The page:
Whether you call it a Finance Director (FD) or a Chief Finance Officer (CFO), you need someone doing this role in your business - here's why.
Most businesses have a bookkeeper or two, and have external accountants doing the annual accounts and your tax return. So why do you need a finance director? Afterall, you created your business. You're the one keeping an eye on the profitability of your company, and no-one knows it better than you.
Let's look at what bookkeepers and external accountants do. Bookkeepers are an essential admin role in the business: they process invoices, chase debt, pay suppliers, maybe do some payroll, the list goes on. Often times though, the amount that a bookkeeper can advise or analyse data is limited as they spend the bulk of their time performing administrative tasks. It's not really their job to provide robust analyses. The question for bookkeepers is whether or not something is accurate not if it is relevant.
External accountants primary purpose is to prepare year-end, or statutory, accounts. Their remit is not to comment on how well or not your company is doing, it is to make sure that you are compliant. Again, it is accuracy over relevance. Accountants have special wording in the accounts, that specifically states, they are only preparing the accounts for your benefit. They are not passing any judgement. A firm of accountants might make some observations about your accounts, but the relevance of that is likely to be low. If your company is like most others, the year-end accounts are filed several months after the year end. Which is far too late to do anything about it.
A finance director has a different skill set and can tell you how you can improve your company's performance. Whilst accuracy is important, relevance is given a lot more emphasis. Management accounts are "the production of timely and relevant information." A finance director can help guide your existing staff to create better accounts, quicker, and help you make better decisions. Companies exist only exist for one reason: to make money. Making money can be measured in different ways, but the most important is cash. If your cash is going up, that means that you're making money! A virtual finance director can help you make sure the cash keeps going up.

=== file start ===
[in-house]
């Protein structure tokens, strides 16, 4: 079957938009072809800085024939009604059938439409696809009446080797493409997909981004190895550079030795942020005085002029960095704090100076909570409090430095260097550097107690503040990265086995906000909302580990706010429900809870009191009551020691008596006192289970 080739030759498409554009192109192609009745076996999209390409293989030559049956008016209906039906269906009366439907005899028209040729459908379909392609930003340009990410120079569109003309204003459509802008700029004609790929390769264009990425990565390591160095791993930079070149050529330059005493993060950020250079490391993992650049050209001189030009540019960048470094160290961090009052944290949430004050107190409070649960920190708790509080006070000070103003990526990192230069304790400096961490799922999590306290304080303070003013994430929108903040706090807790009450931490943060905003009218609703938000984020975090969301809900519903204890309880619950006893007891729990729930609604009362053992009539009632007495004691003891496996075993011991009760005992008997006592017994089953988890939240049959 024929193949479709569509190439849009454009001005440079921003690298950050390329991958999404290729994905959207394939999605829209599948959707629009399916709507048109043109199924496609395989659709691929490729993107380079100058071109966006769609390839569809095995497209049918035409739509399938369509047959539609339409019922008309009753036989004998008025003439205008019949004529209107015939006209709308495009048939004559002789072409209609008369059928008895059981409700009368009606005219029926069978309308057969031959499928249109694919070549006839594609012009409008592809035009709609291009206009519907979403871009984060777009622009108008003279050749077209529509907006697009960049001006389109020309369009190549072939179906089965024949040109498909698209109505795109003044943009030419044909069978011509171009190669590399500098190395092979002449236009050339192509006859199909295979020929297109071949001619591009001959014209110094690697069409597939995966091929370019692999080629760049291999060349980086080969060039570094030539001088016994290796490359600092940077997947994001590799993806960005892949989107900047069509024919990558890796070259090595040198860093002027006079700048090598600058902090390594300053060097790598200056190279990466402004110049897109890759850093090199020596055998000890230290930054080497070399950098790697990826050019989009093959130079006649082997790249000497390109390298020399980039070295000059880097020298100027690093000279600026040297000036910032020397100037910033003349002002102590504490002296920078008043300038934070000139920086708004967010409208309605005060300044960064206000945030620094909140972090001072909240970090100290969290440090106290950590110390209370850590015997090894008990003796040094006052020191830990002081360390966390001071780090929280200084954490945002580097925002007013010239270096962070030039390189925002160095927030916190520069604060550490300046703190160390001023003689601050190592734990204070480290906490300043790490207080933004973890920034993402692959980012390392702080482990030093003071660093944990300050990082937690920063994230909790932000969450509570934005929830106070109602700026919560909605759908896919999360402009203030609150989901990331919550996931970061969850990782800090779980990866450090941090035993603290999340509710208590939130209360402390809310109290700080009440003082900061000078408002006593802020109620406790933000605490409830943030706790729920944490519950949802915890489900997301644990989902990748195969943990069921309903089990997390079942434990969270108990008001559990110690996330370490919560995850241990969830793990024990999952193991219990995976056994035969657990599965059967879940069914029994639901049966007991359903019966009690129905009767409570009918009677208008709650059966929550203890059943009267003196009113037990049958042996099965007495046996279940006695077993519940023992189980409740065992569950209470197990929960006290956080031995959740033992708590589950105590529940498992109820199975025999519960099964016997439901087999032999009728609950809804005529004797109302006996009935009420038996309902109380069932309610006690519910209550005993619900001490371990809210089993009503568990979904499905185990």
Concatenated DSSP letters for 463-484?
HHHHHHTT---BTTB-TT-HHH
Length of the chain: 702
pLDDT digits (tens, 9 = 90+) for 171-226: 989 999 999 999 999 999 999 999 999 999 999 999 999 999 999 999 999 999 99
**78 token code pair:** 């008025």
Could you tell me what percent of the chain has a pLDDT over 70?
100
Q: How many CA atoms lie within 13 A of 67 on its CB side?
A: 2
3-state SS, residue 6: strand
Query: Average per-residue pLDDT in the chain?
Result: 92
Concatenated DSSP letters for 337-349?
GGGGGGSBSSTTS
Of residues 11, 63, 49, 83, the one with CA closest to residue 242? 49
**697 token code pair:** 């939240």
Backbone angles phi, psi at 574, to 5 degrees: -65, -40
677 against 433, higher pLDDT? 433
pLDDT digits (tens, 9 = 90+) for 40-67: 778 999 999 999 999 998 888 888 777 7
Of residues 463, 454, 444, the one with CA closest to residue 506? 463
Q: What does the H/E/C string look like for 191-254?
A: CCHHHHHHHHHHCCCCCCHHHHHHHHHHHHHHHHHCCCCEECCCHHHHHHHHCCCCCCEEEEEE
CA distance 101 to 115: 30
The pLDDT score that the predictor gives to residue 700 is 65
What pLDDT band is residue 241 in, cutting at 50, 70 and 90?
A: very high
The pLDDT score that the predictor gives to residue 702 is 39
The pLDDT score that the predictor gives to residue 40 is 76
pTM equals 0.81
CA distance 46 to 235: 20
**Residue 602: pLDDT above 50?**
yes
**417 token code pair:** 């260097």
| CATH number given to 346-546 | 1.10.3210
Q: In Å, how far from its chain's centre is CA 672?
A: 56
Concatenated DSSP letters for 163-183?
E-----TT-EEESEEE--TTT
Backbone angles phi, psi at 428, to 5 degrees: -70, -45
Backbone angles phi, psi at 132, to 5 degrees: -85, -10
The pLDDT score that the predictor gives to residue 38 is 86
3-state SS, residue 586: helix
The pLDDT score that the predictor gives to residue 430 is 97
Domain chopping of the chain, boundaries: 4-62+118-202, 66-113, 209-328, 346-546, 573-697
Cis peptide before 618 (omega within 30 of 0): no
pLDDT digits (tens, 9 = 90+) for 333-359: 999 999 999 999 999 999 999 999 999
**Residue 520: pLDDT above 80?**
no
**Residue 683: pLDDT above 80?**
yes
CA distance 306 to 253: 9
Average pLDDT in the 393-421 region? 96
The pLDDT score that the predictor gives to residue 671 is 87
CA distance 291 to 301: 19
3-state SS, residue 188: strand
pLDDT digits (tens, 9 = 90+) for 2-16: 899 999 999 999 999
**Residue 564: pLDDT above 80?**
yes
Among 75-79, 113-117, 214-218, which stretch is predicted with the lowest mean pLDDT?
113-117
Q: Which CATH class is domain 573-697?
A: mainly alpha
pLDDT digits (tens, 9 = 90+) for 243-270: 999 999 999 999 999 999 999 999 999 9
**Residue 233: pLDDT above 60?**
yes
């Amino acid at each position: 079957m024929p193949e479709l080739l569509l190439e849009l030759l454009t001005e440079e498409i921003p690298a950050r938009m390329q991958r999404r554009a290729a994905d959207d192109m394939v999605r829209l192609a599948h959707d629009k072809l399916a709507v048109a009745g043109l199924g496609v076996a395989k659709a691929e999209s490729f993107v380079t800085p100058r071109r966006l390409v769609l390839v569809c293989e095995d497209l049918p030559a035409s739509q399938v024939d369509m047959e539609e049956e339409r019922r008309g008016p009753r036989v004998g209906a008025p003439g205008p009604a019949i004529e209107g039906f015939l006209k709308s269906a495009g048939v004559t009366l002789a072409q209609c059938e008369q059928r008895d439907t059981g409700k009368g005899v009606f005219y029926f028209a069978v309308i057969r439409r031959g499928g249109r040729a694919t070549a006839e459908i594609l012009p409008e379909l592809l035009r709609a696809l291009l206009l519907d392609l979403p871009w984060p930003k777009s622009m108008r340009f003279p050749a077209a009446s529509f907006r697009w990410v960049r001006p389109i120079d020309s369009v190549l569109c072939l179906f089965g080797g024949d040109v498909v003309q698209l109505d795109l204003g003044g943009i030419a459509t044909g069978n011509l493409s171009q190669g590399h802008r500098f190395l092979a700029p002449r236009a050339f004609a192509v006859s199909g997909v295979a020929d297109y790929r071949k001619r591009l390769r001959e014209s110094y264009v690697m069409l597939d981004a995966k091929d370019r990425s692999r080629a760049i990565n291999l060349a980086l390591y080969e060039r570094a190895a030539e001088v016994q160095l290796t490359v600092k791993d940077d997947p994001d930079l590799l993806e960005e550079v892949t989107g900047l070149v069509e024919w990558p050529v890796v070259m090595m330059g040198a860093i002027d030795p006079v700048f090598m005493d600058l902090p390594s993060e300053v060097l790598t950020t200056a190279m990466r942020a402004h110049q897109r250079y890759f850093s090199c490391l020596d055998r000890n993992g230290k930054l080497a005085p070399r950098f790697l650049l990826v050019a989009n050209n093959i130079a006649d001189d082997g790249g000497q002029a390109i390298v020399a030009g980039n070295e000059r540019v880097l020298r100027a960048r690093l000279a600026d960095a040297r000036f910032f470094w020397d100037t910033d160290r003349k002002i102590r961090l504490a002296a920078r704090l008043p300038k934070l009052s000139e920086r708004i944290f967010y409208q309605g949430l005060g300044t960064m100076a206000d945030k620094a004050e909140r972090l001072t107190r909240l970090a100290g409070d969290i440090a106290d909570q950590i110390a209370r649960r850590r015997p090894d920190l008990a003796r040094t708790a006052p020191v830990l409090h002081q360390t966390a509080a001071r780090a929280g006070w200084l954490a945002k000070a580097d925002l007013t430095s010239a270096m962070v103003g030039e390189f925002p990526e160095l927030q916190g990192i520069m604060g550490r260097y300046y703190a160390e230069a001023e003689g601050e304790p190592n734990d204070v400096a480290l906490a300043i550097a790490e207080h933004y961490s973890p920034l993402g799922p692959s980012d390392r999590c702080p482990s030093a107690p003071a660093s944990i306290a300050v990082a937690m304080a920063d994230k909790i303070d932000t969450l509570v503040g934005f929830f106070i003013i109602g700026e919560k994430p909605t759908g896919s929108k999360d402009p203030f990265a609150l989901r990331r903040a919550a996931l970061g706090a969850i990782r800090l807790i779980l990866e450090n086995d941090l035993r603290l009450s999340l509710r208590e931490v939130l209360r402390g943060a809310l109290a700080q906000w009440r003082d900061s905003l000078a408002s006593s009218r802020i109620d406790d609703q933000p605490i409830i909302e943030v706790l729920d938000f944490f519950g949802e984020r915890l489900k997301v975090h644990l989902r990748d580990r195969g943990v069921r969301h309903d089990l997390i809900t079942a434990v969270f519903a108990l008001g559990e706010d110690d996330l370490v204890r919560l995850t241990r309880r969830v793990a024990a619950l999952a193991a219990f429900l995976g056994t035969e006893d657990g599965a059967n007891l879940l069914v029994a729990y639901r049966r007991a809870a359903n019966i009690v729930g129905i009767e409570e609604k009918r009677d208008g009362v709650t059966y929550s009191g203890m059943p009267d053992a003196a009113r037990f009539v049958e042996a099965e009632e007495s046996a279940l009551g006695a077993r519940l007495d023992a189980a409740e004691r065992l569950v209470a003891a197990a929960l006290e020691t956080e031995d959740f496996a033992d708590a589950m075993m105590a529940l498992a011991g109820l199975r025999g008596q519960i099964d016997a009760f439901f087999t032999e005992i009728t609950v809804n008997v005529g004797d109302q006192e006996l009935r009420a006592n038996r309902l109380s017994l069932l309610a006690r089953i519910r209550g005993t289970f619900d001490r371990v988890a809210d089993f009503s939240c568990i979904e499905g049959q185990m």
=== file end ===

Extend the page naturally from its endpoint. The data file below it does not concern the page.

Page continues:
Try this out: take a look at your most recent accounts, preferably management accounts as these will be more detailed and up to date. Take your profit before interest, tax, and depreciation (EBITDA) - this is the amount of cash your business should have generated. Now take your cash and the start and cash at the end of the same period. Compare the two figures.
If your EBITDA is lower than the change in cash, then great! You've converted some of your balance sheet into cash.
If your EBITDA is higher than the change in cash, then there is some money being "lost" along the way. Maybe your debtors are up, that means you've made sales but not been paid. Creditors down? Then you've paid off suppliers. Stock up? You've been building stock levels. Some combination of all three? You might need to look at your credit terms with suppliers and customers, and look at why your stock is increasing.
A finance director can help you identify where the cash is going, and what you need to do about it. A full-time finance director is likely to be out of budget for you. That's where a Vitrual FD comes in. Having someone who understands how the different bits of finance interact, whilst still being able to pay for themselves. A Virtual FD should be seen as an investment not a business cost.